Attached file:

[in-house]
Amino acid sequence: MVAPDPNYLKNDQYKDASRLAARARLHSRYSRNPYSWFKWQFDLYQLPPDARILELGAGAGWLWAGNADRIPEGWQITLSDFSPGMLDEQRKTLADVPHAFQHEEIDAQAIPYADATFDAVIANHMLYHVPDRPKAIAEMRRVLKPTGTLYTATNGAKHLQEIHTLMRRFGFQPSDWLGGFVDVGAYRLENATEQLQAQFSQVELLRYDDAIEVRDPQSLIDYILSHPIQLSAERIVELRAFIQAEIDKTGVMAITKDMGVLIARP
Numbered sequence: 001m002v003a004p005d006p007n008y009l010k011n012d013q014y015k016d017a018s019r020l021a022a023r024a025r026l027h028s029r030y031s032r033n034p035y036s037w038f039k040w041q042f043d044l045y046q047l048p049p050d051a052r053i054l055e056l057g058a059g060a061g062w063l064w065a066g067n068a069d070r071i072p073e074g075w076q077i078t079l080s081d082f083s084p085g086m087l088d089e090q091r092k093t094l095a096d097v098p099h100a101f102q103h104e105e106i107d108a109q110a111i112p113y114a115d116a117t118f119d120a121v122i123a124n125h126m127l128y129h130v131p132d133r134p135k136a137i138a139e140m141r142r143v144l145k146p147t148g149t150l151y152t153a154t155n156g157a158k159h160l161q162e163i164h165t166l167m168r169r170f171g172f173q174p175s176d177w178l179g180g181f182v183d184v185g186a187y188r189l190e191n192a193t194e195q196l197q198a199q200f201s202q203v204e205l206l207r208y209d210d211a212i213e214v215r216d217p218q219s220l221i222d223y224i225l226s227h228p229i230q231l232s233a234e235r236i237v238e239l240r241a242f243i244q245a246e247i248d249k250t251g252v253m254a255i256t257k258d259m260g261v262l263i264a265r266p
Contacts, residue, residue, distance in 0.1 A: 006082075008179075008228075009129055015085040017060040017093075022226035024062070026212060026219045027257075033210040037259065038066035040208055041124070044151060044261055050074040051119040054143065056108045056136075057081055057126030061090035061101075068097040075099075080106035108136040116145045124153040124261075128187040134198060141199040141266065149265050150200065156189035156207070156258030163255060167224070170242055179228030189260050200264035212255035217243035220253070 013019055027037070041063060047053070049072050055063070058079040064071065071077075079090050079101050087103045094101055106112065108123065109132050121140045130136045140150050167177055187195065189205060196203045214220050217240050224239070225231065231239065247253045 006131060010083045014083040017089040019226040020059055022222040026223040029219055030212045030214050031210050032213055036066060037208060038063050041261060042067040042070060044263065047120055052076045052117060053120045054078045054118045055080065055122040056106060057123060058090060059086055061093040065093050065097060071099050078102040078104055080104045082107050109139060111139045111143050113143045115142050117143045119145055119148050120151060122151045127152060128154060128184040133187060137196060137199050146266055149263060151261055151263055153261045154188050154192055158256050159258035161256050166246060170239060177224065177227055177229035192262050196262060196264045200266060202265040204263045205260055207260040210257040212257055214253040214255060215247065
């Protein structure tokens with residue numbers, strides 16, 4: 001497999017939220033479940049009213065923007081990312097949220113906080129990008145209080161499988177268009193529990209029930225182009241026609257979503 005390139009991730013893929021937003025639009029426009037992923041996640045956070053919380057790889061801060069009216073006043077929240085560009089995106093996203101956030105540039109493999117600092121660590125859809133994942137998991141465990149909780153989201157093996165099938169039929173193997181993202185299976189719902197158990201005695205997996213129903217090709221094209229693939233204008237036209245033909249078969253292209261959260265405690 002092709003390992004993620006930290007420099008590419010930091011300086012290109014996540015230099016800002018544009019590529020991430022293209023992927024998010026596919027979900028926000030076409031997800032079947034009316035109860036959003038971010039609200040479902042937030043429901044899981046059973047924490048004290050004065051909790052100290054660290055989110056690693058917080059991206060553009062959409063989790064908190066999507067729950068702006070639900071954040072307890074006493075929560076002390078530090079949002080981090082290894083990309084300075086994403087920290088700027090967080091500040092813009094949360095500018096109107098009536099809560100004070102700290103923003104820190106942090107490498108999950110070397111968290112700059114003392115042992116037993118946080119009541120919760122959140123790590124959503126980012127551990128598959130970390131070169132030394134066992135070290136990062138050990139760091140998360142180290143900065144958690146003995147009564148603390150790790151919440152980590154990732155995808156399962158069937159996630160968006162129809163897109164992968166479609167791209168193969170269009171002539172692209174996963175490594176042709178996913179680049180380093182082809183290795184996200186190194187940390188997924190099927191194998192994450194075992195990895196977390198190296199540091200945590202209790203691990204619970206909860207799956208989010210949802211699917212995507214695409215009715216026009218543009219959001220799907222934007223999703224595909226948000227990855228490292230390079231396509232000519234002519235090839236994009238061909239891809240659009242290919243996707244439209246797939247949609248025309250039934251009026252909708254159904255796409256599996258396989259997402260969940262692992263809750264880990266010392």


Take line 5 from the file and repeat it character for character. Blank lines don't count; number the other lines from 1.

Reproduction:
């Protein structure tokens with residue numbers, strides 16, 4: 001497999017939220033479940049009213065923007081990312097949220113906080129990008145209080161499988177268009193529990209029930225182009241026609257979503 005390139009991730013893929021937003025639009029426009037992923041996640045956070053919380057790889061801060069009216073006043077929240085560009089995106093996203101956030105540039109493999117600092121660590125859809133994942137998991141465990149909780153989201157093996165099938169039929173193997181993202185299976189719902197158990201005695205997996213129903217090709221094209229693939233204008237036209245033909249078969253292209261959260265405690 002092709003390992004993620006930290007420099008590419010930091011300086012290109014996540015230099016800002018544009019590529020991430022293209023992927024998010026596919027979900028926000030076409031997800032079947034009316035109860036959003038971010039609200040479902042937030043429901044899981046059973047924490048004290050004065051909790052100290054660290055989110056690693058917080059991206060553009062959409063989790064908190066999507067729950068702006070639900071954040072307890074006493075929560076002390078530090079949002080981090082290894083990309084300075086994403087920290088700027090967080091500040092813009094949360095500018096109107098009536099809560100004070102700290103923003104820190106942090107490498108999950110070397111968290112700059114003392115042992116037993118946080119009541120919760122959140123790590124959503126980012127551990128598959130970390131070169132030394134066992135070290136990062138050990139760091140998360142180290143900065144958690146003995147009564148603390150790790151919440152980590154990732155995808156399962158069937159996630160968006162129809163897109164992968166479609167791209168193969170269009171002539172692209174996963175490594176042709178996913179680049180380093182082809183290795184996200186190194187940390188997924190099927191194998192994450194075992195990895196977390198190296199540091200945590202209790203691990204619970206909860207799956208989010210949802211699917212995507214695409215009715216026009218543009219959001220799907222934007223999703224595909226948000227990855228490292230390079231396509232000519234002519235090839236994009238061909239891809240659009242290919243996707244439209246797939247949609248025309250039934251009026252909708254159904255796409256599996258396989259997402260969940262692992263809750264880990266010392």